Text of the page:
So the UK policy, in the face of massive price hikes this year, will be to follow the US Central Bank right off the cliff. The Fed has just announced another $600bn of money printing themselves, with the threat of more to come. It is clear now, that in the face of huge cost of living expenses in 2011, the Central Bank will pull its one and only lever, and print and print and print some more. This completely reckless policy of ‘debauching’ the currency was warned about by the very economist they revere so much.

“By a continuing process of inflation, governments can confiscate, secretly and unobserved, an important part of the wealth of their citizens. By this method they not only confiscate, but they confiscate arbitrarily; and, while the process impoverishes many, it actually enriches some. The sight of this arbitrary rearrangement of riches strikes not only at security, but at confidence in the equity of the existing distribution of wealth. Those to whom the system brings windfalls, beyond their deserts and even beyond their expectations or desires, become ‘profiteers,’ who are the object of the hatred of the bourgeoisie, whom the inflationism has impoverished, not less than of the proletariat. As the inflation proceeds and the real value of the currency fluctuates wildly from month to month, all permanent relations between debtors and creditors, which form the ultimate foundation of capitalism, become so utterly disordered as to be almost meaningless; and the process of wealth-getting degenerates into a gamble and a lottery. Lenin was certainly right. There is no subtler, no surer means of overturning the existing basis of society than to debauch the currency. The process engages all the hidden forces of economic law on the side of destruction, and does it in a manner which not one man in a million is able to diagnose.”
JM Keynes.

This is a very powerful quote, and one that demands be read a few times to realise just what is being said. Essentially devaluing a currency is a way to steal wealth from the citizens with not “one man in a million” noticing.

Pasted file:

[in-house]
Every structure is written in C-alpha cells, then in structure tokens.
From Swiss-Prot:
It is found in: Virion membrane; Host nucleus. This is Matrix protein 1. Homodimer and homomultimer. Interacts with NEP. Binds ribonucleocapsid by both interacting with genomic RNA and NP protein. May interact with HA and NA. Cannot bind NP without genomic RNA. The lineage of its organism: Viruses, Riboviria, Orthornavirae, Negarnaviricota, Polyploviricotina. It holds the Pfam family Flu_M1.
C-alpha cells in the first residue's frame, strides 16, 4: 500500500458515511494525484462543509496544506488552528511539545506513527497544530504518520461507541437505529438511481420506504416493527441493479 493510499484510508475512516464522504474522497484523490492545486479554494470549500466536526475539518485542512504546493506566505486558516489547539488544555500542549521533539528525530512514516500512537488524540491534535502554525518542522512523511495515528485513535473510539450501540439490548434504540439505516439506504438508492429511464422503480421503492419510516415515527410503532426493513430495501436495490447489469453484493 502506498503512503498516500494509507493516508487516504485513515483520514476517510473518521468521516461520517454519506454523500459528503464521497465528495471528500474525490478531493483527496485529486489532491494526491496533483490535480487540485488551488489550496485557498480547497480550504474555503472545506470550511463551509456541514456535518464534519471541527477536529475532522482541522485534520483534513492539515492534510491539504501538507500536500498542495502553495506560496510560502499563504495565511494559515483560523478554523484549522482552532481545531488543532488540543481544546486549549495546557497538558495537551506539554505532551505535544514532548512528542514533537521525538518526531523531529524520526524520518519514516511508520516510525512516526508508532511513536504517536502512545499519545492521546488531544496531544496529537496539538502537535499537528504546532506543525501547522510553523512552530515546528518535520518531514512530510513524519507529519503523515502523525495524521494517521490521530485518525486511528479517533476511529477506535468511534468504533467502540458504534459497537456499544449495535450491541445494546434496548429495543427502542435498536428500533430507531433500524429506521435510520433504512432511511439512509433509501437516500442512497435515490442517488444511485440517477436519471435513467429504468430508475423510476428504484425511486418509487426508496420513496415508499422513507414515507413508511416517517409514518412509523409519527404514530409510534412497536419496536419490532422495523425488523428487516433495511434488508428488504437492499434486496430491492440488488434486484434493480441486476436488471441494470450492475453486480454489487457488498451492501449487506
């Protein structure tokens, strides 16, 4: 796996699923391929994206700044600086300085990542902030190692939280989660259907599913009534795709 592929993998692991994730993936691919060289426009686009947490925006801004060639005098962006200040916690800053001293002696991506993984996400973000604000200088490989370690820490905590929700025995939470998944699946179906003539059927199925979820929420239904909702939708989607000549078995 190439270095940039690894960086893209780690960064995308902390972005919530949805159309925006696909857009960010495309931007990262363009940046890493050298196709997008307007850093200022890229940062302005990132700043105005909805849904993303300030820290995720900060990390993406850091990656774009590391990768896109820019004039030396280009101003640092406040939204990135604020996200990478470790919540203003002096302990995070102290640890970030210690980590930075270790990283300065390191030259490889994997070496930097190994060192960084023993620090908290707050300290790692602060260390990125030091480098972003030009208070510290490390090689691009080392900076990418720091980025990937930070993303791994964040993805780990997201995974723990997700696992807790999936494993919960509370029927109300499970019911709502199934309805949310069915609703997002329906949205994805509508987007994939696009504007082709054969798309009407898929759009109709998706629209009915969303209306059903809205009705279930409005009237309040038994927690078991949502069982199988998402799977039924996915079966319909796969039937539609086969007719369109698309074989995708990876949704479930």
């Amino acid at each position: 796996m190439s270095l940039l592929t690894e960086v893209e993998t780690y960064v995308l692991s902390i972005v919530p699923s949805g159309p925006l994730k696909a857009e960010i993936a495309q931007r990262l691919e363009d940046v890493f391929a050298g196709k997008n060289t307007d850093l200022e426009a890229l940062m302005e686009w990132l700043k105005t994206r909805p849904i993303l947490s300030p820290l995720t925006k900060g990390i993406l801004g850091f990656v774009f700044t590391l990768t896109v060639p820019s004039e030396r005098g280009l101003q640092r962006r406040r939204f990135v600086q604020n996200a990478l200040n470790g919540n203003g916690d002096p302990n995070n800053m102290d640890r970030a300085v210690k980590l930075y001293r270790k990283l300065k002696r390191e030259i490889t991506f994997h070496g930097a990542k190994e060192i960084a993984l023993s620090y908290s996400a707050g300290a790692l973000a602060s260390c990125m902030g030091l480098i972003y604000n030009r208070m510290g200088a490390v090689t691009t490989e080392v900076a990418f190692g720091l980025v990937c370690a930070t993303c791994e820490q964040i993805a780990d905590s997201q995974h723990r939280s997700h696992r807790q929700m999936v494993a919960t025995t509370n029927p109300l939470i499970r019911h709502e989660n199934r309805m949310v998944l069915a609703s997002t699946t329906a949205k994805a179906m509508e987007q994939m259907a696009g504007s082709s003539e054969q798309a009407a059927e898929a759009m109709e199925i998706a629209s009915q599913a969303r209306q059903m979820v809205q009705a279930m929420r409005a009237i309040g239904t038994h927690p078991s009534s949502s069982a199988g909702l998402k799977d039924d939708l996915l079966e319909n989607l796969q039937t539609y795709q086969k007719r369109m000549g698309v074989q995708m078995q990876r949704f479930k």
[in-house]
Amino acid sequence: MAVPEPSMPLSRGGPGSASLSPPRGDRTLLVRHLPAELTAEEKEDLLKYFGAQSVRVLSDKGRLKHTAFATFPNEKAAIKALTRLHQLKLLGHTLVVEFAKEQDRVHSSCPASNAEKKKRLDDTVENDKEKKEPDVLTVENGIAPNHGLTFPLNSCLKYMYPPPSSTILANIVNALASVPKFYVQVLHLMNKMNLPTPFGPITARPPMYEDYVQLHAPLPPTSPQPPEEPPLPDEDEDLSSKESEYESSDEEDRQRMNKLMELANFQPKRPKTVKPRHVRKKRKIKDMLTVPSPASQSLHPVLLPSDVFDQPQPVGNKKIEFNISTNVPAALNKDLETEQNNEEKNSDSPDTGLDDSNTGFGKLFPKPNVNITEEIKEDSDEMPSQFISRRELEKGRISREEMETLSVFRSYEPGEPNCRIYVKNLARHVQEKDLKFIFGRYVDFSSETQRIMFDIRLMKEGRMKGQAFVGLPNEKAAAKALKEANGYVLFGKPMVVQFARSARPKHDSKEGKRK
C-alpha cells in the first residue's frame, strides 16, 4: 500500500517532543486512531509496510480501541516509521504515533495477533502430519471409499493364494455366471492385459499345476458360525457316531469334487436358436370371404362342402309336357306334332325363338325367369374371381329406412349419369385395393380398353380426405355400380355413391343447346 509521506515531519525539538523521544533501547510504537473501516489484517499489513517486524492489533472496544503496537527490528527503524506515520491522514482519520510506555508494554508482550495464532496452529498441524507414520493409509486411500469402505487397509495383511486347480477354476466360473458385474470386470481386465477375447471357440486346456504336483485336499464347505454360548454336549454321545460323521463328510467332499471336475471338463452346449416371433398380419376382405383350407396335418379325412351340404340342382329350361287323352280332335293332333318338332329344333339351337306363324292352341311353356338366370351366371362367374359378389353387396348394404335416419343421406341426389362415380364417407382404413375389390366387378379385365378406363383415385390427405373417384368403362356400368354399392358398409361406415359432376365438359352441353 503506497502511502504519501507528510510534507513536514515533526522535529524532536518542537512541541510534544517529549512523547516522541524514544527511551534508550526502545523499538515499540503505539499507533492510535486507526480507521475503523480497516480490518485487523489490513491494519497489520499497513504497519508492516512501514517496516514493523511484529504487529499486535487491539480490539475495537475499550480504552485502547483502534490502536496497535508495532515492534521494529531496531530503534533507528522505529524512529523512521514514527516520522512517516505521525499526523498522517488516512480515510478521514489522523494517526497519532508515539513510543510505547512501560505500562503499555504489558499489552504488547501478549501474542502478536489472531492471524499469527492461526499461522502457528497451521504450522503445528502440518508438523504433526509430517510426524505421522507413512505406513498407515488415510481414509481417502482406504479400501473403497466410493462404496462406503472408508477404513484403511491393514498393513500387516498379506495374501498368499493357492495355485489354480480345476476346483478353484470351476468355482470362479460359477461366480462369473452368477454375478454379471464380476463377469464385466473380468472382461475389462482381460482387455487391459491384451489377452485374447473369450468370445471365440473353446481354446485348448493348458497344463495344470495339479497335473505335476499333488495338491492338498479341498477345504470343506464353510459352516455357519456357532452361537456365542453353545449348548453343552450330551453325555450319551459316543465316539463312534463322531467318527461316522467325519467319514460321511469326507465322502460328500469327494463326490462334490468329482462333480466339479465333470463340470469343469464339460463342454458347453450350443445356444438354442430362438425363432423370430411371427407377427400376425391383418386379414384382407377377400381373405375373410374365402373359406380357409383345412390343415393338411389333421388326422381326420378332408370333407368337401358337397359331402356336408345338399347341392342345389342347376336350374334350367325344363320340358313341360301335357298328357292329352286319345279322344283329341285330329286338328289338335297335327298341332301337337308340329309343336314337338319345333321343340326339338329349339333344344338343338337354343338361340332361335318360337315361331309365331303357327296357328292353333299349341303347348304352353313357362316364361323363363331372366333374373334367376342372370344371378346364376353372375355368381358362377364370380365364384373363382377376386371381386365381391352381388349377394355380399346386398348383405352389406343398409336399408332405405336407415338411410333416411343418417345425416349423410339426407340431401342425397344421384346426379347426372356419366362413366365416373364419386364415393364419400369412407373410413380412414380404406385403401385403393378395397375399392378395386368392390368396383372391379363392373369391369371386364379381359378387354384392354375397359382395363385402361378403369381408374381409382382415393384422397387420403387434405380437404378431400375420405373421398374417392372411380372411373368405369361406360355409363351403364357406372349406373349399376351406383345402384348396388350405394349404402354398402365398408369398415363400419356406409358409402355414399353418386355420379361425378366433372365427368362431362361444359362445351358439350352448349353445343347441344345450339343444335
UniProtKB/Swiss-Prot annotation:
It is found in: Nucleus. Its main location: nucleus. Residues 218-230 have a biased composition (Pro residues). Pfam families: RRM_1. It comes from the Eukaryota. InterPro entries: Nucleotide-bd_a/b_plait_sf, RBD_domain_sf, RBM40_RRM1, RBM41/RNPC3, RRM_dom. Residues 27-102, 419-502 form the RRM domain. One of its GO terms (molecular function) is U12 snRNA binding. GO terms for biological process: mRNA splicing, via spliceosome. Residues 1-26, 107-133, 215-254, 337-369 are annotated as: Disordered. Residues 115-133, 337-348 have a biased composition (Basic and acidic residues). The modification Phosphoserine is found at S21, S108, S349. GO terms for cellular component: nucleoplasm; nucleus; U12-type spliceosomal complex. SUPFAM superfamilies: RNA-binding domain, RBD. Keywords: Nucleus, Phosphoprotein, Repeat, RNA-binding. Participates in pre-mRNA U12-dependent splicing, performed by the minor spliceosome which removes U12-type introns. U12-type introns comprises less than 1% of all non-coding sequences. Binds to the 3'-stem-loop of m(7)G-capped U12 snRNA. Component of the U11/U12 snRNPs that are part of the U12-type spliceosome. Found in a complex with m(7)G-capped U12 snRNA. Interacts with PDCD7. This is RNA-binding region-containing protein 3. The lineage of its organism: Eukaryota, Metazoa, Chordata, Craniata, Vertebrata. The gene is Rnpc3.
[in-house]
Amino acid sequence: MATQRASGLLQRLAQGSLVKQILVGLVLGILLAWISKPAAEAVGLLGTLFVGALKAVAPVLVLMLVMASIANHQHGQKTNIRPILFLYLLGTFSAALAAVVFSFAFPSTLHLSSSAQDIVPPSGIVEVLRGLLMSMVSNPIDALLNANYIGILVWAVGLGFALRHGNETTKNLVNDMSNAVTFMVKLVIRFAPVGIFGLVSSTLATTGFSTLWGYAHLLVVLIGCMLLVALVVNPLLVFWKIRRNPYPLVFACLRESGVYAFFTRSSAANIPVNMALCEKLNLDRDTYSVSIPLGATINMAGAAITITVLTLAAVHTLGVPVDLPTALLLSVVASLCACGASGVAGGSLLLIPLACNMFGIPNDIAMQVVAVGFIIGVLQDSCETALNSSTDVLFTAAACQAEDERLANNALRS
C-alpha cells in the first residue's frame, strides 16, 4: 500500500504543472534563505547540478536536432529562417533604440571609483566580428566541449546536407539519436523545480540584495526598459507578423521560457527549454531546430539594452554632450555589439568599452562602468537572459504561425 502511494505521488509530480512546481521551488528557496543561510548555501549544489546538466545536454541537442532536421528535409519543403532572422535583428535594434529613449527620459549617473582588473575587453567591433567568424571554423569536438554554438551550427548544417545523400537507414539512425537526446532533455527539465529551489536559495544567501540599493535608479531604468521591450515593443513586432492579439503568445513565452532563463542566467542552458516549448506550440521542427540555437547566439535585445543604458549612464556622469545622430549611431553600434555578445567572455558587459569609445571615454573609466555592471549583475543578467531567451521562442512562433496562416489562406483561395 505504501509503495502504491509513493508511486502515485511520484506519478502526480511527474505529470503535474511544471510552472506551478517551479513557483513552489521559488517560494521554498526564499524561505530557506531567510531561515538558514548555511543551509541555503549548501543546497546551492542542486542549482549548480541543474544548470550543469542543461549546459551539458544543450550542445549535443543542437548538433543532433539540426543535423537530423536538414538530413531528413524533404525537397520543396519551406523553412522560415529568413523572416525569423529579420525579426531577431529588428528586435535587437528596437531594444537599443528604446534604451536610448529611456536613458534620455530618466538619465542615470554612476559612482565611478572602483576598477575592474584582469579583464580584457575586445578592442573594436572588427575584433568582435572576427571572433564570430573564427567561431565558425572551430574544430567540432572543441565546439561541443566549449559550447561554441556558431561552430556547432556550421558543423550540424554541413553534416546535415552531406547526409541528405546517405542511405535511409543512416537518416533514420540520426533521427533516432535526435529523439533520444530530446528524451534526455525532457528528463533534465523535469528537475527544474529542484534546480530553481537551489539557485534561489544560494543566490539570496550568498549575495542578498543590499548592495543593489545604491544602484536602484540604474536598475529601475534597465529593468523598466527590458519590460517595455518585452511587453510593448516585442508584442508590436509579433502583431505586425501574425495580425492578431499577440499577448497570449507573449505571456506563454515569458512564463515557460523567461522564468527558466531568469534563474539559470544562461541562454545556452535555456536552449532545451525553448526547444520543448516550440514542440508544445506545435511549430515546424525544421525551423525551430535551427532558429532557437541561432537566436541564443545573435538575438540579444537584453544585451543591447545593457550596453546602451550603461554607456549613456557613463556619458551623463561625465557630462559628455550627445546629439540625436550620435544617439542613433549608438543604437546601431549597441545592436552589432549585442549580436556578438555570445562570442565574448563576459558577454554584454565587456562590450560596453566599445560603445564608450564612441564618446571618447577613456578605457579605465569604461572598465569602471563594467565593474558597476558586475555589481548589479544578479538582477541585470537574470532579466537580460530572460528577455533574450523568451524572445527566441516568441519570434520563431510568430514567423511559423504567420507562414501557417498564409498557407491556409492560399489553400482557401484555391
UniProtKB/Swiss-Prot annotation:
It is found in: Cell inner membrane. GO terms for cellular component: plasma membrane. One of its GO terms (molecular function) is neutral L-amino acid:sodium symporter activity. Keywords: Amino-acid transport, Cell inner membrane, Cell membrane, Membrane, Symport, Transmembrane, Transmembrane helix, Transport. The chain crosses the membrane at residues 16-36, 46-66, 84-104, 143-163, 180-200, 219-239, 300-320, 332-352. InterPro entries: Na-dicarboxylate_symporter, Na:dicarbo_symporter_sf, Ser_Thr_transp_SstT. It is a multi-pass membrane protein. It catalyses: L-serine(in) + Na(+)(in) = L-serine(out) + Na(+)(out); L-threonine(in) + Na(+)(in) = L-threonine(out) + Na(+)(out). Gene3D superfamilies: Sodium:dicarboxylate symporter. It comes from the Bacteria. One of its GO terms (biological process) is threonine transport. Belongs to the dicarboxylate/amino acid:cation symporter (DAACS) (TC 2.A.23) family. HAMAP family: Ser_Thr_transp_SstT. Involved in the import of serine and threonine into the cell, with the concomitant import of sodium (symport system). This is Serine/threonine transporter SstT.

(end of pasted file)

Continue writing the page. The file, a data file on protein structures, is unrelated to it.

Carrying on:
Remember, we highlighted the fine work over at Hinde Captial who pointed out that on a per-capita basis, the public and private debt of citizen of the UK is the highest in the world, yes, even the US. Being number 1 in the world isn’t always great.

The clear policy of the BoE, the Government and now we understand the head of our Civil Service, will be to run those printing presses until those debts are liquidated. Which means a Pound with vastly less purchasing power than it has today. Because we have a ‘fiat currency’ (1), it doesn’t have any intrinsic value, it’s just a piece of paper with some pretty signatures on it, it only has value so long as people believe and trust that it does. That trust will be stretched to the very limit this year.

And if we are not careful with our money printing, we run the very real risk, according to Keynes, of “over-turning the existing basis of society”. We are already starting to see those cracks with ongoing riots in Ireland, Greece and here in the UK. 2011 will be a very interesting year indeed.

Tom Paterson

Chief Economist of www.GoldMadeSimple.com


Editorial view: Tom is spot on. Anyone who thinks we have not experienced inflation AND rising prices should talk to their butler. There are a great many things we can easily do before money printing. We can cut expenditure by stopping wars and abolishing trident, renegotiating PFI, putting the insolvent financial sector into liquidation and issue a non debt-based money. Those who propose spending money we don’t have are unwittingly supporting the global fraudulant ponzi scheme which is now reducing people, municipalities and nations to debt peonage. The financial system is out of control and demanding more and more money. The governments will not borrow to help public finances, they’ll borrow to bail out the banks again. That’s the scam. The central banks are flooding the world with money. At home this is causing inflation and the devaluation of pensions and savings and thus killing the ability to form capital and so invest in vital manfucacturing that we need to dig ourselves out of this hole. The flood is also causing volatility in other markets. This is not yet so visible TO US but if not stopped now the banking oligarchs will lead us in to trade wars and then more military conflagrations. We must awake from our stupor and hold our politicians to account. Thanks again to Tom and all those out there who struggle to get the realities across to us and through the fog of the monetary war currently being waged against the people.

Tom Paterson is the Chief Economist at Gold Made Simple, one of the world’s leading gold bullion ownership and trading services. Tom previously worked as a Broker on a Futures and Options desk at a main brokerage in Canary Wharf and was responsible for the production of “The Economissed” , a research paper tracking Macro themes and trade ideas. Tom is a keen student of the Austrian School of Economics – or as he refers to it ‘real’ economics – and feels very passionate about the lessons that can be gained by all that understand its guiding principals.


1. Currency that a government has declared to be legal tender, despite the fact that it has no intrinsic value and is not backed by reserves. Historically, most currencies were based on physical commodities such as gold or silver, but fiat money is based solely on faith.
Courtesy http://www.investopedia.com/terms/f/fiatmoney.asp